Update on Mexico

In a matter of two years, Mexico’s ambitious reform agenda–spanning across educational, electoral, and energy initiatives–has fallen short of  expectations. President Enrique Peña Nieto’s approval ratings are sinking and his Partido Revolucionario Institucional (PRI) only won last June’s legislative elections through an alliance with the Partido Verde Ecologista de México (PVEM), the most sanctioned party in the history of Mexico. Violence and corruption remain unpunished across the country, and the political sector is at risk of deteriorating. The shocking escape of drug lord Joaquín “El Chapo” Guzmán from a maximum-security prison, the murder of numerous journalists, including Rubén Espinosa in Mexico City on July 31, and the unsolved case of 43 disappeared Ayotzinapa students all have taken a toll on the credibility of both the president and the Mexican government.

Dr. Denise Dresser, professor of political science at the Instituto Tecnológico Autónomo de México (ITAM), and Amb. James R. Jones, former US ambassador to Mexico, offered a thorough perspective on the challenges that political institutions in Mexico face at a public session held by the Inter-American Dialogue in Washington, DC on August 5, 2015.

Dr. Dresser described the situation in the country as four “I”s: incompetence, insecurity, impunity, and inequality. The set of reforms underway in Mexico, according to Dresser, have succeeded only in re-concentrating power in the presidency and the PRI instead of reconstructing democracy and state institutions. Following a disappointing initial bidding round of the energy projects auction, she argued that most of the reforms come too late, are badly implemented, and may prove to be insufficient. In short, they “were built by corruption and compromised by corruption.”

Dr. Dresser also argued that in Mexico “conflict of interests is not even a conflict, it is just the way of life.” Corruption is rampant and has not only compromised state institutions, but also has harmed Mexico’s competitiveness in international markets. Due to a lack of regulation, the income gap has increased to the point that the wealthiest 1% earns 21% of the national income.

On the electoral front, the June elections showed that the Mexican people are fed up with the current political elite and political parties. Dr. Dresser stressed that the newly formed National Electoral Institute (INE) is losing credibility through its failure to levy significant sanctions on political parties when they violate the rules.

Finally, she also criticized the fact that there doesn’t seem to be a response to this institutional crisis. Instead, there is a sense of rearrangement of the “deck seats.” As a result, widespread discontent is “empowering a left (that is) anti-modern in its use of the economy,” referring to Andrés Manuel López Obrador, a long-time anti-establishment figure, and his MORENA party.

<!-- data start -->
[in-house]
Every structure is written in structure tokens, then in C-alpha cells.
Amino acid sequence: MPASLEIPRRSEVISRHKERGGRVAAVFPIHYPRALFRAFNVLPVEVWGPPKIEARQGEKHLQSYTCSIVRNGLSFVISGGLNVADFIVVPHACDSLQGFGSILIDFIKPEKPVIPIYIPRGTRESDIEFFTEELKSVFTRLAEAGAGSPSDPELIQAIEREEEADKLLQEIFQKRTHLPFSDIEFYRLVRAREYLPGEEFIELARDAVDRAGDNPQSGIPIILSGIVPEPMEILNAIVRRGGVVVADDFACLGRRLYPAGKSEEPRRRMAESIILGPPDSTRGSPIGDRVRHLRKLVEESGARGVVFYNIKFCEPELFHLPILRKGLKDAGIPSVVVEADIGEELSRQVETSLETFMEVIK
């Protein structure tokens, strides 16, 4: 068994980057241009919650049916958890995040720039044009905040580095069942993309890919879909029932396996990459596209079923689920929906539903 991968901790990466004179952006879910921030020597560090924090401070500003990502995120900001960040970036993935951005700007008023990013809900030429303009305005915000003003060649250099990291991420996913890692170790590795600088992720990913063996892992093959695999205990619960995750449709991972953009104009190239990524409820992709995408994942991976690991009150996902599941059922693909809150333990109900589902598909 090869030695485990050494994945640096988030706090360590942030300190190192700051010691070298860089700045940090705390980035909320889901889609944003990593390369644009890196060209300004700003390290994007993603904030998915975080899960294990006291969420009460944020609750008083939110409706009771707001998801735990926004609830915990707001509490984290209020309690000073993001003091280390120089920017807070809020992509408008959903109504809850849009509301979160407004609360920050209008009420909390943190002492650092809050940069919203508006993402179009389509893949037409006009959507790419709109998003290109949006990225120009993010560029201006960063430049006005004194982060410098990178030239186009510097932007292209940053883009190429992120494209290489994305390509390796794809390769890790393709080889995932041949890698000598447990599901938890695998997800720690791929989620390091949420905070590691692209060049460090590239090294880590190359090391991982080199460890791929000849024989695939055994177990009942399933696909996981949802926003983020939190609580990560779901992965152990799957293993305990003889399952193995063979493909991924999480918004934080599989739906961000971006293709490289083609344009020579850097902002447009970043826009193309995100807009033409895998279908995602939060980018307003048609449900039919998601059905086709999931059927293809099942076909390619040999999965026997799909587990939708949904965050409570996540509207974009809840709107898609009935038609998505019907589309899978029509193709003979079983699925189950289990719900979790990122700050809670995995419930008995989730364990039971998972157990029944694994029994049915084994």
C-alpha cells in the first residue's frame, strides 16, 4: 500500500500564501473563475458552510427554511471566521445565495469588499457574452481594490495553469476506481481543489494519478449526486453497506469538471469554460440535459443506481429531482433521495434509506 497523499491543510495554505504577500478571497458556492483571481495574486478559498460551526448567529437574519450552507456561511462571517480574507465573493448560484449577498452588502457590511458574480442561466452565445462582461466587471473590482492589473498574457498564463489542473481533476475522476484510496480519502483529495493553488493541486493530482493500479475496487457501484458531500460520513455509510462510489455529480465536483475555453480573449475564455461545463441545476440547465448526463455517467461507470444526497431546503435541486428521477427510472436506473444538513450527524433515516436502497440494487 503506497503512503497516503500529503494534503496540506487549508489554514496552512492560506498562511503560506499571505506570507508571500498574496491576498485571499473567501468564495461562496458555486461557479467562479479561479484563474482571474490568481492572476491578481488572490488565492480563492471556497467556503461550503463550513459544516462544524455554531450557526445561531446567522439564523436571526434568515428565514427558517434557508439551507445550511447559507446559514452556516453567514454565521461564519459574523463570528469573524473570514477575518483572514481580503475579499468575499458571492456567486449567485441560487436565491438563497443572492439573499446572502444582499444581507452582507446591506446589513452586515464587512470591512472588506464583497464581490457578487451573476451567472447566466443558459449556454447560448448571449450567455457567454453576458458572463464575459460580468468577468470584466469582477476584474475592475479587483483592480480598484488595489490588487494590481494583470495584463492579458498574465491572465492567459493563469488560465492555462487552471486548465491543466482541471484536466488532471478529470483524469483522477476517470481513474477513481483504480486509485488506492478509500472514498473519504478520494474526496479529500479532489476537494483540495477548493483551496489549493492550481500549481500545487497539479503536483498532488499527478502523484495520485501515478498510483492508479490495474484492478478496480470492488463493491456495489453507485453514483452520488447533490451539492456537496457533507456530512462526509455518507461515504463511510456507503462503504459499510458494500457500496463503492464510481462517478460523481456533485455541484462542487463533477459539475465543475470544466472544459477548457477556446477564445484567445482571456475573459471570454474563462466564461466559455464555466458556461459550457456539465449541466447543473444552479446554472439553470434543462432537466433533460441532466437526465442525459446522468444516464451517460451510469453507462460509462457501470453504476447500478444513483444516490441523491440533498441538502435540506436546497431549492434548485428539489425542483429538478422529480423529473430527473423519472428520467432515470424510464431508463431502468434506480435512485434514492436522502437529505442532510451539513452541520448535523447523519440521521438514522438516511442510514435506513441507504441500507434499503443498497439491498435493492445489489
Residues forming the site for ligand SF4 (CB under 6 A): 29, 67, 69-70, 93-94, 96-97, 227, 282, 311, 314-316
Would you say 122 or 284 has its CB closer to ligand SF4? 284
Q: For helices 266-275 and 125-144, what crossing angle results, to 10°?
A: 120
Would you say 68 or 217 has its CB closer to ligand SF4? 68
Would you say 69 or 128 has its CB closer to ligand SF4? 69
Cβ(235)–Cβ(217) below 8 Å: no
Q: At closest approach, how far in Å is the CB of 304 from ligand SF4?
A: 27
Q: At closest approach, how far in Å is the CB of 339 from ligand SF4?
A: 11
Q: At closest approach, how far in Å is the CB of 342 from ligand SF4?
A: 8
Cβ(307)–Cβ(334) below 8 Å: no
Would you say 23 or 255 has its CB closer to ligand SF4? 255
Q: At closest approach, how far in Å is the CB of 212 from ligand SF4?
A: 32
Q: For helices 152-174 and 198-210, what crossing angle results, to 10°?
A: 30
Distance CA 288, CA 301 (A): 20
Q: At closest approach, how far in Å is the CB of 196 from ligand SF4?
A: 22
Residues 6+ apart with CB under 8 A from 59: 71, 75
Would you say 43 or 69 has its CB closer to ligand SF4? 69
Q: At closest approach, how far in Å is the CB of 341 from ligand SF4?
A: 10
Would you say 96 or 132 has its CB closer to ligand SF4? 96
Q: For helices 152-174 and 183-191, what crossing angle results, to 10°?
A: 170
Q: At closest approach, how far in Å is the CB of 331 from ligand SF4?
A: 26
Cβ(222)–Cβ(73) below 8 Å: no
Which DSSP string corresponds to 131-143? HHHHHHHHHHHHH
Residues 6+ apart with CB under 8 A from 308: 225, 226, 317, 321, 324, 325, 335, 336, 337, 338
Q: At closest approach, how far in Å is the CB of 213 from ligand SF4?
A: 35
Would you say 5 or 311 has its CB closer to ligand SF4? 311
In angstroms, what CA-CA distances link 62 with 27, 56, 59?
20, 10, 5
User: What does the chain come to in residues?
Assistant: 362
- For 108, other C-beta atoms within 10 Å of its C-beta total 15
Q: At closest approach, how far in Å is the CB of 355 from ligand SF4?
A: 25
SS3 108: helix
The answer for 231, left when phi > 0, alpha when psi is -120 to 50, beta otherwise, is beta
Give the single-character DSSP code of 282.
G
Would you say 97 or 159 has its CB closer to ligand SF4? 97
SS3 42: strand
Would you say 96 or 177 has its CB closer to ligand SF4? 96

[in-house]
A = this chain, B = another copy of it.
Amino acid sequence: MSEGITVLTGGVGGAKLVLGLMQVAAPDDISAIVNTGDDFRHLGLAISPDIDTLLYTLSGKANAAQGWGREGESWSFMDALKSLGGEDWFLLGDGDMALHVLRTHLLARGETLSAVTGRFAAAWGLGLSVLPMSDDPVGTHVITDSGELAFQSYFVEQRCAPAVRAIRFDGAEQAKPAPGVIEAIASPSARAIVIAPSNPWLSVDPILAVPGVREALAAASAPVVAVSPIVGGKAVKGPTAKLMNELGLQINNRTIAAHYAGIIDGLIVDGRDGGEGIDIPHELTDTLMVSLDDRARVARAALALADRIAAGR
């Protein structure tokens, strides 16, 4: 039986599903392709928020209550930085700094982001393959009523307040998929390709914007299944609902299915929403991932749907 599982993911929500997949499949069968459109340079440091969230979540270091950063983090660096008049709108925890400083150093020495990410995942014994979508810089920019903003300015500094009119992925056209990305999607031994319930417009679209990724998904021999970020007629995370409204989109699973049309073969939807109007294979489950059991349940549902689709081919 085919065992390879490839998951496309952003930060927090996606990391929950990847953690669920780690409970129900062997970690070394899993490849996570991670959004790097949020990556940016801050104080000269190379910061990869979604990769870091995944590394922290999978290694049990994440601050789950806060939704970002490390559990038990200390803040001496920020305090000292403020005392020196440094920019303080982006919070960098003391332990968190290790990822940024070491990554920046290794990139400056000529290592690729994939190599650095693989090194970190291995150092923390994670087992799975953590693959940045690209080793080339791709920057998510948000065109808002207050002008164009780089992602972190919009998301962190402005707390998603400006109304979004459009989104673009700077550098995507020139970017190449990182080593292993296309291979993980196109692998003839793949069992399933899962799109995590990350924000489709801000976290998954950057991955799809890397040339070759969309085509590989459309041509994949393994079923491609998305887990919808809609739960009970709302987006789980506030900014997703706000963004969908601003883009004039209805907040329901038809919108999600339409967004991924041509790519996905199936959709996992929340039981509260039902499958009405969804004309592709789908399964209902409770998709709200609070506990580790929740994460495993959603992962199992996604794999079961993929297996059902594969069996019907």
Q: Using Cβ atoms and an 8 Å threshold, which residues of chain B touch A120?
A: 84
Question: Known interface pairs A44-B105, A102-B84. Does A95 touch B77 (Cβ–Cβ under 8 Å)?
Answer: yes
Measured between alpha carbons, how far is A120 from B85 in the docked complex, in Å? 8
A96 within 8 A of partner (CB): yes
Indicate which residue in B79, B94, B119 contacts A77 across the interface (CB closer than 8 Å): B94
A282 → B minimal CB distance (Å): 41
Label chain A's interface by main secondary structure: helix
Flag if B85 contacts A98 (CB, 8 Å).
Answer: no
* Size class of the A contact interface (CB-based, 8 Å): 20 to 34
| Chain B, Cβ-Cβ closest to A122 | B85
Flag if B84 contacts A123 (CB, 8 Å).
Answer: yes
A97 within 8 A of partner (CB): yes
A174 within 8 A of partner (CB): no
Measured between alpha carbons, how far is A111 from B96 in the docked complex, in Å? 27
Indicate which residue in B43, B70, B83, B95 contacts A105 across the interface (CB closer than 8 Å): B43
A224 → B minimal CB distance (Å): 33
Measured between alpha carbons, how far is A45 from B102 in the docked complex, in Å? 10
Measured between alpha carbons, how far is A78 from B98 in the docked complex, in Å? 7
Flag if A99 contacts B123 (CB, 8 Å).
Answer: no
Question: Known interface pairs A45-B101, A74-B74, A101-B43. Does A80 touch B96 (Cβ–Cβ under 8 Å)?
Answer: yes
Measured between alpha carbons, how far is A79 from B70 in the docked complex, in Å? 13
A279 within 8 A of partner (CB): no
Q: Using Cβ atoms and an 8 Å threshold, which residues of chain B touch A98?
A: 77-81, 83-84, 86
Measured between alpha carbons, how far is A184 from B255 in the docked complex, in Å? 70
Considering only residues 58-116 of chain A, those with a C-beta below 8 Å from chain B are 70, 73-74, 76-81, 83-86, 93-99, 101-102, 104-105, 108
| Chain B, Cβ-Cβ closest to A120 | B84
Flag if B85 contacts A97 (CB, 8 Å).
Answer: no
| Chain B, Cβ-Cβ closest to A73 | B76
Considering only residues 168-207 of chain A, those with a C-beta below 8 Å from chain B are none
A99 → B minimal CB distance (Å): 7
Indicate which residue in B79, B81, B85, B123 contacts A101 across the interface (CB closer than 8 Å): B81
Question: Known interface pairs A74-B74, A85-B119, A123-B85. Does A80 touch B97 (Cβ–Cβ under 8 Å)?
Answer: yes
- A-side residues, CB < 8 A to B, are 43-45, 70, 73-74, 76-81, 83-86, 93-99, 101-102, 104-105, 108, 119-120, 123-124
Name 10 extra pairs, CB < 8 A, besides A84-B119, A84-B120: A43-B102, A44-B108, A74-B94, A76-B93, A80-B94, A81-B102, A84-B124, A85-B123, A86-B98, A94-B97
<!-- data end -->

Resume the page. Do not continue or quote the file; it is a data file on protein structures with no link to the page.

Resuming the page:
Amb. Jones, on the other hand, provided a slightly more positive outlook of the crisis in Mexico. He argued that the country has improved greatly in the last thirty years and that its leaders will likely be able to get out of the crisis. Twenty-five years ago, he reminded the audience, Mexico “was one of the most closed economies” and “one of the most closed, non-competitive political systems in the entire world.” Today, the country has made enormous strides, and looks almost nothing like it did in the past. The work still to be done should not overshadow what has already been accomplished. However, he stressed, “a competitive country needs a competent, open political and economic system and a rule of law that people can trust.” Although the improvements have been significant compared to the Mexico of the past, it’s important to hold the country to higher standards.

In any case though, what most matters most how Mexicans view their country. To Dresser, this is a sharp and powerful indicator. The Mexican people see things getting worse and although they are supportive of reforms they are deeply “wary about the implantation and secondary legislation.” In fact, public confidence has been shaken to the point that, upon hearing of another disappointment—such as El Chapo’s escape—the most common reaction is not to be angry, according to Dresser, but rather simply “to laugh.” While Amb. Jones did not disagree, he stressed that this could actually be a positive development, as “public outcry” helps to get the country on the right track. In either case, it is hard to argue against the conclusion that Peña Nieto has missed many opportunities to win his country back. What will happen in the years ahead is not clear, but the second half of his Presidency is off to a bad start.

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